How to convert media to HSL mpeg2-ts (.m3u8, .ts)?

First of all, thank you so much for clicking. I'm considering the option to convert some files client-side, if possible! I'd like to convert audio to HLS deliverable files mpeg2-ts (.m3u8, .ts), are there any libraries available to Swift at all?

I'm working on an audio application that will require the playback of shared audiophiles, static audio files by the users. I spent some time looking around and see what other streaming apps do and it seems widely adopted and accepted to use the HLS Streaming protocol!

"The HLS protocol chops up MP4 video content into short (10-second) chunks with the .ts file extension (MPEG2 Transport Stream). Next, an HTTP server stores those streams, and HTTP delivers these short clips to viewers on their devices. (HLS will play video encoded with the H.264 or HEVC/H.265 codecs.)" ( https://www.dacast.com/blog/hls-streaming-protocol/ )

Seems great in principle, especially considering server cost, given the file being split into chunks. I'd assume adding a CDN on top of it.

I've found some service providers that provide the whole process from encoding to distribution but might get quite costly (Mux). Alternatively running my own NGINX RTMP (https://www.nginx.com/products/nginx/modules/rtmp-media-streaming/) server seems like a good option.

Encoding the files server-side is an option, but having to queue and having to deal with concurrency server-side is something I'd like to avoid if I find a way to encode it client-side.

While I haven't spent much time yet solving this, I started researching to validate my requirements and goals.

Would appreciate any hints or suggestions!

Thank you!

I don’t have any particular library, but I’d like to suggest that you also expand your search into C & ObjC libraries. I got a few audio encoding parts done that way.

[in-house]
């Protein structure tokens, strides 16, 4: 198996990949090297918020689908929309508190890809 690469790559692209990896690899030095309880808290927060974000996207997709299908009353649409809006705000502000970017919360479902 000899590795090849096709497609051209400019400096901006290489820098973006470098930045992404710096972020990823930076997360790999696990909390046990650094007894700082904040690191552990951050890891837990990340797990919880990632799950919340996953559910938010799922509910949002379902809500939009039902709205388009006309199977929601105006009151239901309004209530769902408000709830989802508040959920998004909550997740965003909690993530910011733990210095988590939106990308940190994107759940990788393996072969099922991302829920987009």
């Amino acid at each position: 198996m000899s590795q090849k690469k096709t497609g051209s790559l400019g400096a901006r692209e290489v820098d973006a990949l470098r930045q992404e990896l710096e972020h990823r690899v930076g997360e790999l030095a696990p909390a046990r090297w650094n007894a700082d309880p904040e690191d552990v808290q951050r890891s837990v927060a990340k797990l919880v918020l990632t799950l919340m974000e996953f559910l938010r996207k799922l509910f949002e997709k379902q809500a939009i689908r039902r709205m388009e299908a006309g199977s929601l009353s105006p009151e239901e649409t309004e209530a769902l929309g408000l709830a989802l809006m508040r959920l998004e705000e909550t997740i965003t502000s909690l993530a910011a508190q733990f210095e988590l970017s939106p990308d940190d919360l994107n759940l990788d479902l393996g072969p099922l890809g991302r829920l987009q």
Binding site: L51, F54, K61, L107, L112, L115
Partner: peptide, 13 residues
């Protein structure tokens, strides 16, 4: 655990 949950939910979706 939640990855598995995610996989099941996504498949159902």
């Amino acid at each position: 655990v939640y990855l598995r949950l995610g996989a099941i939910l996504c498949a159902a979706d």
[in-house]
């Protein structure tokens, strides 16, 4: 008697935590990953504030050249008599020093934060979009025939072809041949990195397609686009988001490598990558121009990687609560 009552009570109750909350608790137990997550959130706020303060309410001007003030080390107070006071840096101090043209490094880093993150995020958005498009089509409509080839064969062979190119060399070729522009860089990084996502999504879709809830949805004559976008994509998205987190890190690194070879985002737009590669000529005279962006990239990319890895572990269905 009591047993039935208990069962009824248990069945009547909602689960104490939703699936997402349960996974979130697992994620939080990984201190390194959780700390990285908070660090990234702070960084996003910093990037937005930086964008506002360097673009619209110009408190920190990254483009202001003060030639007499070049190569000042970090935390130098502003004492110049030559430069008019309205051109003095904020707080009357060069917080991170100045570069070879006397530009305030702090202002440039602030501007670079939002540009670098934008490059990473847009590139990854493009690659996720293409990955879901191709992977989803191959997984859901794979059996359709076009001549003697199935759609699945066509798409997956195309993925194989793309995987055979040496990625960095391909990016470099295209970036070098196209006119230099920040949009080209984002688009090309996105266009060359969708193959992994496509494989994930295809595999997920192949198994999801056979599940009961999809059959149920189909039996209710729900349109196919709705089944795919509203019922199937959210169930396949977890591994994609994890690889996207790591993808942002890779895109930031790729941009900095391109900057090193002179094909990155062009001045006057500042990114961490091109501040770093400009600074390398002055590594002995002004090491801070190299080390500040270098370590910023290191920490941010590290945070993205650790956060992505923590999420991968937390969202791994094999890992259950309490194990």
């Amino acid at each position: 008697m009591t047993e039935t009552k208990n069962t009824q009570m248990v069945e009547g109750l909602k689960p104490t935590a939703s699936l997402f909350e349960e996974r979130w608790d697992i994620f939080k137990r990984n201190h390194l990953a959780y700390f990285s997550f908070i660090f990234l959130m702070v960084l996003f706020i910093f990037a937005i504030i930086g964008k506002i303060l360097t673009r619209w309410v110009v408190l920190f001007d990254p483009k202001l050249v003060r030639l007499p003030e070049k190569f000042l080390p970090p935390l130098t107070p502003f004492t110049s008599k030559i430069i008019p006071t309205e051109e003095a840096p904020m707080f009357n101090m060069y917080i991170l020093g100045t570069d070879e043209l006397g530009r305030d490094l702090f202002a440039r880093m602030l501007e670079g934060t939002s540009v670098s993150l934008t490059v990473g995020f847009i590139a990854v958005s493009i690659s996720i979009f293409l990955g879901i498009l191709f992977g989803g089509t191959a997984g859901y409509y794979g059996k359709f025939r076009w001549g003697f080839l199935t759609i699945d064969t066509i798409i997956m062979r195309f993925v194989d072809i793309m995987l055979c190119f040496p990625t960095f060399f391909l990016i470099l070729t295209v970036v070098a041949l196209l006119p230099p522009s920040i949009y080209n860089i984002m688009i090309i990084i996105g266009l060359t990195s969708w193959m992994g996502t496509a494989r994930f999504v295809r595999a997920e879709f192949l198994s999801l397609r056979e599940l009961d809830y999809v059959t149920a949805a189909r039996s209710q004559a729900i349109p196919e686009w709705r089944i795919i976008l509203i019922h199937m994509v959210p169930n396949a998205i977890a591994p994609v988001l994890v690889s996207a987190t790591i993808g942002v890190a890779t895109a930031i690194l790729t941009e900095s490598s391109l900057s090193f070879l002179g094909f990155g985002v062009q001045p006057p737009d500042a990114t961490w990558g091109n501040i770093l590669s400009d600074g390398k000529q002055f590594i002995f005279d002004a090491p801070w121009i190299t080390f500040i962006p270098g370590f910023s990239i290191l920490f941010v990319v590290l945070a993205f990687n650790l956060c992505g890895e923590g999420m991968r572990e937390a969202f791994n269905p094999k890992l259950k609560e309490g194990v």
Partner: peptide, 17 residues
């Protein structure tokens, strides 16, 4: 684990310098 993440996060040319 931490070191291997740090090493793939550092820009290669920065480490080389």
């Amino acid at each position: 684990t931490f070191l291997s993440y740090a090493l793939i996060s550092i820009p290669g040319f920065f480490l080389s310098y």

@Lantua thank you so much for looking, you're always helping out!

Ok, I'm going to have a look now!

I haven't tried to do any FFI in Swift/XCode, but did check some articles and seems easy to follow for a "hello world", I do get a bit scared if I have to spend the time re-learning C*, as I'm currently unemployed and this current project I've already jumped into Swift, along with other tech :) So, I thought if I'll invest some time, I'd have to stick with Rust, because I mainly work as a UI Dev with Javascript/Typescript and webassembly+rust is a thing (unfortunately, come a long way from Actionscript back in the days, then LAMP, then javascript etc).

  • I did purchase the C programming and also the understanding and using C pointers last week, just in case

You might consider FFmpeg. It’s an app but you can call it from another app to do a wide variety of tasks, including streaming, It is free to use, and is used by other apps, much like a plugin.

Yeh sure @JohnBlackburne, was mainly checking options for client-side processing.
Thanks!

Wait, maybe I got this wrong. You can use FFmpeg, as a library? I use it as a CLI, and for this particular case would be useful only if doing server-side processing.

@JohnBlackburne ok, thanks! did find a mobile-ffpmeg port (https://github.com/tanersener/mobile-ffmpeg), I'll check the licenses and see if I can use the codecs etc

Thank you!

Can’t say for every case, but insofar for me, importing C libraries has been more about figuring out how the imported functions/objects look (Apple’s Using imported C functions in Swift), and the api contract (createFoo(...) must be paired with destroyFoo(...)), rather than the nitty gritty of C itself.

If the api’s shape is not to satisfactory, you can even wrap it in another C function, better yet, another Swift function. You probably don’t need more than rudimentary C in most cases (well, if you consider pointer gymnastic rudimentary).

There are some functions that can’t be imported to Swift. In which case, you might need to wrap it in another function that Swift can palate.

I think that’s about as complex as interop goes, especially in cases like this where you do it data-in-data-out style.

Thank you! Appreciate it @Lantua